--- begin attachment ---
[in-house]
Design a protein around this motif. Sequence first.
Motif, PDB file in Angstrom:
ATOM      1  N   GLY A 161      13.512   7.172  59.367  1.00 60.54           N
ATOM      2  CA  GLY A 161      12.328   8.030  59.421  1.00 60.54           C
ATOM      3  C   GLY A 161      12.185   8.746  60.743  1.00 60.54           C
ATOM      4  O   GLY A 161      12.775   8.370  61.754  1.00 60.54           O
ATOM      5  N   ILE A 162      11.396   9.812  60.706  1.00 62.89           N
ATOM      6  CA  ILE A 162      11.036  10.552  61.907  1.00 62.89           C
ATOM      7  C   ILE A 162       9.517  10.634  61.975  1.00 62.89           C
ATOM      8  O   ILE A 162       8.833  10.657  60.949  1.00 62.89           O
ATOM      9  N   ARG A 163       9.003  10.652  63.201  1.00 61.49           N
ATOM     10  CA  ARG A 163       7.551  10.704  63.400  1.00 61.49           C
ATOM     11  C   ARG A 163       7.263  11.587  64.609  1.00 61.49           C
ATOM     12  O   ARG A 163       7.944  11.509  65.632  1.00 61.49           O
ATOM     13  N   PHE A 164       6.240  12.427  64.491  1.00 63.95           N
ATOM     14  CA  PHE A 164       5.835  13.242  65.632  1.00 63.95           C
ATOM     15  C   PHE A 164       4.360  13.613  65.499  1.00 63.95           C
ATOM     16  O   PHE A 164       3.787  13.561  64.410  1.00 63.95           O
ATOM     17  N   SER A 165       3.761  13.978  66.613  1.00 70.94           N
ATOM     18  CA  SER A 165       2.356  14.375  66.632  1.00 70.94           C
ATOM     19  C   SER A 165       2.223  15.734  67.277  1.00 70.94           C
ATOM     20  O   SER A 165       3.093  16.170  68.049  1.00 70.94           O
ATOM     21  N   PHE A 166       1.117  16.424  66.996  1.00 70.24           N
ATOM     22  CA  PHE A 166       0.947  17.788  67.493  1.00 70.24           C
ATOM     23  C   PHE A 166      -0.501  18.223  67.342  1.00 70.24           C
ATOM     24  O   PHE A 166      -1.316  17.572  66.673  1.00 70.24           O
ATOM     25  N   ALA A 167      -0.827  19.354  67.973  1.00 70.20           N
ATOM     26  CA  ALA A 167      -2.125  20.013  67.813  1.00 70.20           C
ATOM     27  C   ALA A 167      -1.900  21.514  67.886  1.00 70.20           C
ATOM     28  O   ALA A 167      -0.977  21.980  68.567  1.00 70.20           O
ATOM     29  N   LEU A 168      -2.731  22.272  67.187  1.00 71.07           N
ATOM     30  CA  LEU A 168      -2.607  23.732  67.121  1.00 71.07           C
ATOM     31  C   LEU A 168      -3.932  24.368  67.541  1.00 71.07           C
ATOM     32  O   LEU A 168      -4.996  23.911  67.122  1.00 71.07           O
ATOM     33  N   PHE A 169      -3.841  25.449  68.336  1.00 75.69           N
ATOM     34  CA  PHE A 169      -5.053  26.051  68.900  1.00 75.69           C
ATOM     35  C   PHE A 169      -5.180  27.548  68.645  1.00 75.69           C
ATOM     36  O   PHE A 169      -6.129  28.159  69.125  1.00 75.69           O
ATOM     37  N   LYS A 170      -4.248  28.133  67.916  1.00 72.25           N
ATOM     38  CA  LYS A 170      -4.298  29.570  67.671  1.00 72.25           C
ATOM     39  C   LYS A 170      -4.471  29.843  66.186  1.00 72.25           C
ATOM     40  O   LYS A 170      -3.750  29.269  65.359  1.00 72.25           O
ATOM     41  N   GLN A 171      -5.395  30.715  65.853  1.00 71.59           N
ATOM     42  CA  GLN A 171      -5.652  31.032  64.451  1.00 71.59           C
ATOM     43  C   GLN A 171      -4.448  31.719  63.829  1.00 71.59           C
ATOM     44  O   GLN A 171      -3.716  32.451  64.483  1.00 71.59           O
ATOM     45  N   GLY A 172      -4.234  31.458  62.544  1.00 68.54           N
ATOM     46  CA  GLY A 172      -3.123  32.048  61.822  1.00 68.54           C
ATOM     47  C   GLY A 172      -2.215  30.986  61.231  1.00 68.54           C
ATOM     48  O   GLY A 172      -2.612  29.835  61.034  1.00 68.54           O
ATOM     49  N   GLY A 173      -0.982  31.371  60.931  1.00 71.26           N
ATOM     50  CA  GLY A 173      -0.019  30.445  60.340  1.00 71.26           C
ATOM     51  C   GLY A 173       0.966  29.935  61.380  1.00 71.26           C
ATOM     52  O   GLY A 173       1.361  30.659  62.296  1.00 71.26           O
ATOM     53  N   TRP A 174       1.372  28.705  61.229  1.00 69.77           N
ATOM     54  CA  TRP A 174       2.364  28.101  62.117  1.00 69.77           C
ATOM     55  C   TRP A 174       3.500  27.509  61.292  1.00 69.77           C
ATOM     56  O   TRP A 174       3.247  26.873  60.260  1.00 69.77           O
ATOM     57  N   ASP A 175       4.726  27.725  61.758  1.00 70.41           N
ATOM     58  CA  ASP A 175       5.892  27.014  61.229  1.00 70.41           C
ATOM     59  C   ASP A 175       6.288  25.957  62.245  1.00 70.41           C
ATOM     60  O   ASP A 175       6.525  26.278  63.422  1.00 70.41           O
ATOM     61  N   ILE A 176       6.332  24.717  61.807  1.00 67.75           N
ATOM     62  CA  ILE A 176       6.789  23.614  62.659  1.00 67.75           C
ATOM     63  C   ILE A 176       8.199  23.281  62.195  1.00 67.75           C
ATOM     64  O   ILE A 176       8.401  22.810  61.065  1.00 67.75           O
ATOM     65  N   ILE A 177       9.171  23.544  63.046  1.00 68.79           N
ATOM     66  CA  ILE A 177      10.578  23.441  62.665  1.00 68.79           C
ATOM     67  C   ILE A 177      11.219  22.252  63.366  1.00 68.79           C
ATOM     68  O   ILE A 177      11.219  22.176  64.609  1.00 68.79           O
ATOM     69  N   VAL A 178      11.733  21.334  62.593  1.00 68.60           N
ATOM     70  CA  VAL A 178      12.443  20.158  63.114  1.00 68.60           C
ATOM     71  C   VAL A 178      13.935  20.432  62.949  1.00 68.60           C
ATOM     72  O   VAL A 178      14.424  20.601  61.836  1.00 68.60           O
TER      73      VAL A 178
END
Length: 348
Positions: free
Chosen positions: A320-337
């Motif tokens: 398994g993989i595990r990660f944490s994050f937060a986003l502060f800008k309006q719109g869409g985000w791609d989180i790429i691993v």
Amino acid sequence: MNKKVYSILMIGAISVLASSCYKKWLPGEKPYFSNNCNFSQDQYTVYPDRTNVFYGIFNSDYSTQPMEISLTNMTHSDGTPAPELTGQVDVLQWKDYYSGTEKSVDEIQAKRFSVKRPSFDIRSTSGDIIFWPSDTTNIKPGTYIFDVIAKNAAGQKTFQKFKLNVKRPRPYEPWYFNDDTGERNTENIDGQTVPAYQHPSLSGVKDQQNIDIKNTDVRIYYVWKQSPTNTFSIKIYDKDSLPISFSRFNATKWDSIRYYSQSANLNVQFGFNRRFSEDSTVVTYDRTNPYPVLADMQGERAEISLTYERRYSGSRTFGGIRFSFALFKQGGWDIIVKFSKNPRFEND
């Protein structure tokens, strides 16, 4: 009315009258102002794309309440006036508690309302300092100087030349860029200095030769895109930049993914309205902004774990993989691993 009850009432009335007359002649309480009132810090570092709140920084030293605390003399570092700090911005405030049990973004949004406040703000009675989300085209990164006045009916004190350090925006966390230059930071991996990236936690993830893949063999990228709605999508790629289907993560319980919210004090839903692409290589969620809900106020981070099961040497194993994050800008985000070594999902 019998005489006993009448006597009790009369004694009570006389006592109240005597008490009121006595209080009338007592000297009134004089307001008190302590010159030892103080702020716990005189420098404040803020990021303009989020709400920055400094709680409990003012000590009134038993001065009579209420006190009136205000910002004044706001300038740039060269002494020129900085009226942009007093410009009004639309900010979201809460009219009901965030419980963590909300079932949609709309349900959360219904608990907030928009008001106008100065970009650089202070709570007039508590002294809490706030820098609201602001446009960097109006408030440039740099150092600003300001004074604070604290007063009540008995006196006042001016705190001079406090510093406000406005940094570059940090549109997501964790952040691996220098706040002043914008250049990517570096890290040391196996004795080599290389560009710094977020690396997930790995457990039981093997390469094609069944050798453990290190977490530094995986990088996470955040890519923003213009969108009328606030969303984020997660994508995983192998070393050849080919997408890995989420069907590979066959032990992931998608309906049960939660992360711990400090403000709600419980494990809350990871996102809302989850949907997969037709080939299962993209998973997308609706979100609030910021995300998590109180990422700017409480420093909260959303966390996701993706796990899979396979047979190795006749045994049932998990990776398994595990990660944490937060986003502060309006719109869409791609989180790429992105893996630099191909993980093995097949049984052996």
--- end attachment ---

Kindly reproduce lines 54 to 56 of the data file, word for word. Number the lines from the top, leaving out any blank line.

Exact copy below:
ATOM     51  C   GLY A 173       0.966  29.935  61.380  1.00 71.26           C
ATOM     52  O   GLY A 173       1.361  30.659  62.296  1.00 71.26           O
ATOM     53  N   TRP A 174       1.372  28.705  61.229  1.00 69.77           N